Land Development and Common Interest Developments
Land development involves land use regulation, subdivisions, dedications, environmental regulation, common interest developments, and covenants, conditions, and restrictions.
The general plan is the most important document when it comes to land use planning and local agency regulation. All future development in a county or city must conform to the general plan. Specific plans are considered the next most important form of land use regulation. They implement the general plan and fill in details for specific areas of the general plan where needed. Zoning is the third most important form of land use regulation.
The Subdivision Map Act and Subdivision Land Act regulate and control the development of land in California to ensure that subdivisions conform to the general plan, specific plan (if there is one) and zoning. The Subdivision Map Act regulates and controls the subdivision, design and improvement of real property, while the Subdivision Land Act regulates and controls the offering and sale or leasing of subdivided interests and parcels of real property.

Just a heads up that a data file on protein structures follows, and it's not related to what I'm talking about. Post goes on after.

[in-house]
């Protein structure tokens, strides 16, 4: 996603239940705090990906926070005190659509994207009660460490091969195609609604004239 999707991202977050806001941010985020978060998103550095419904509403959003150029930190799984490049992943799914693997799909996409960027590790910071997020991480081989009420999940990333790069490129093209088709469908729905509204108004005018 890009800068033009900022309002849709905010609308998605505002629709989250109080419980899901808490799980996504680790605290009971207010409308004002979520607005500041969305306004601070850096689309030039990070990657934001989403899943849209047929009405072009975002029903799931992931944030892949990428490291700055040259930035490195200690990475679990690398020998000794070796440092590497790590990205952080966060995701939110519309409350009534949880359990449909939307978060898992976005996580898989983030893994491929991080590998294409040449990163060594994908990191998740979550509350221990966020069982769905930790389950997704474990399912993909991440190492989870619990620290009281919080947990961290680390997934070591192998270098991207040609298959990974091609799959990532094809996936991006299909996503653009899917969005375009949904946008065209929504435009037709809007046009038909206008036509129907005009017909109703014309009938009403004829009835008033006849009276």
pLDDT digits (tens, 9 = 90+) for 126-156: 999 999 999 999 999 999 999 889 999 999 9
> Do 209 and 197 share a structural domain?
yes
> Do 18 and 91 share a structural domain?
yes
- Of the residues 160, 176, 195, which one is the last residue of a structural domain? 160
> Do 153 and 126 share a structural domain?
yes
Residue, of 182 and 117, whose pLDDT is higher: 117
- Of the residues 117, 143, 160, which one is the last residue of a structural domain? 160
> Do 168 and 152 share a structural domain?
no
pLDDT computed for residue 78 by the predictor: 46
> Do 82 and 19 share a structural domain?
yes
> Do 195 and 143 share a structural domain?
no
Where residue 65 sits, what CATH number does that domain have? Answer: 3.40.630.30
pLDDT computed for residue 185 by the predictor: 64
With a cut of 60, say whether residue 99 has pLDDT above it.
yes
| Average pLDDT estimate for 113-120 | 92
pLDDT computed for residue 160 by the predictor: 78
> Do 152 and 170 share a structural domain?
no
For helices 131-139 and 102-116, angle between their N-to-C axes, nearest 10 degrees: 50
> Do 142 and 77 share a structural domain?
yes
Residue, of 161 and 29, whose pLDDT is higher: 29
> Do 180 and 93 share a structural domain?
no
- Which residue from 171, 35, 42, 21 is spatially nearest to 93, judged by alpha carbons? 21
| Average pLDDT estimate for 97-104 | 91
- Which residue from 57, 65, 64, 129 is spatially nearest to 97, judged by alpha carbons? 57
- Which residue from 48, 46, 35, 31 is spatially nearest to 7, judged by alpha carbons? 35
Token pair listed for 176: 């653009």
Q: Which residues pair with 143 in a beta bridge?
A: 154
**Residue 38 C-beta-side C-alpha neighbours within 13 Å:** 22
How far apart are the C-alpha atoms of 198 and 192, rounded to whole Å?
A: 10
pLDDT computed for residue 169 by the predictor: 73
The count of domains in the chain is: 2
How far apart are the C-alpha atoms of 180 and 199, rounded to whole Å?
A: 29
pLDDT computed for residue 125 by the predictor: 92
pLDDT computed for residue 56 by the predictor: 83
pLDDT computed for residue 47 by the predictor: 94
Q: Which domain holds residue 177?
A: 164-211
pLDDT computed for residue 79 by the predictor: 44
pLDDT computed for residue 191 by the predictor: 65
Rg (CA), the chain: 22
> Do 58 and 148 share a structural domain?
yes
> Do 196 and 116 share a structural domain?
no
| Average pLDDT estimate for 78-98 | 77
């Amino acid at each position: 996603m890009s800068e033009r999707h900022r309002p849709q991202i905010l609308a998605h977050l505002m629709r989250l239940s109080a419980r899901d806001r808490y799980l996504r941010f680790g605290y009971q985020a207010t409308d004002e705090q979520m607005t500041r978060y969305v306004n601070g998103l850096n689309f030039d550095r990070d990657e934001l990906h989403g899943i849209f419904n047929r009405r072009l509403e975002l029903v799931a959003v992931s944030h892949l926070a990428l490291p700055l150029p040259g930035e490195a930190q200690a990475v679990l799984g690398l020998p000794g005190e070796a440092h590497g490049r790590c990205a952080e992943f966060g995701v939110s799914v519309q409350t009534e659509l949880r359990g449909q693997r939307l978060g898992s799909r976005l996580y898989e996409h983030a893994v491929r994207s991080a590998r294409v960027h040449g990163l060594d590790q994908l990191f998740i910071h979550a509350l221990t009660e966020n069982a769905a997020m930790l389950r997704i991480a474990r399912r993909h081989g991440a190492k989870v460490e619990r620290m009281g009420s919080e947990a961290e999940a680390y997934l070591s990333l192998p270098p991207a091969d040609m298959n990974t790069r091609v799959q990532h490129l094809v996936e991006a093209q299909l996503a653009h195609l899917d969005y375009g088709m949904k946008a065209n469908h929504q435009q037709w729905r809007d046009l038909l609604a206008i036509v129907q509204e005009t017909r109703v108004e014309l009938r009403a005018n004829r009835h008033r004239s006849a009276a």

Dedications involve interests granted to the government in exchange for a project’s approval. There must be a nexus between a project and any dedications required by the government.
The California Environmental Quality Act (“CEQA”) is a regulatory scheme that is designed to protect the environment. It requires that every public agency obtain an Environmental Impact Report (“EIR”) prior to approving any discretionary project, if it can be “fairly argued”, based on “substantial evidence” in front of the agency, that a project will have a “significant effect” on the environment.
The Davis-Stirling Act regulates developments that have commonly owned areas as well as individually owned areas, such as a condominium projects, planned developments, stock cooperatives or community apartment projects. The Act discusses powers and obligations of associations and how to conduct matters of common interest.
Covenants, conditions and restrictions (“CC&Rs”) that run with the land are promises and restrictions on the use of real property that follow the property from one owner to the next, even though the subsequent transferees do not contractually assume any responsibility for their performance.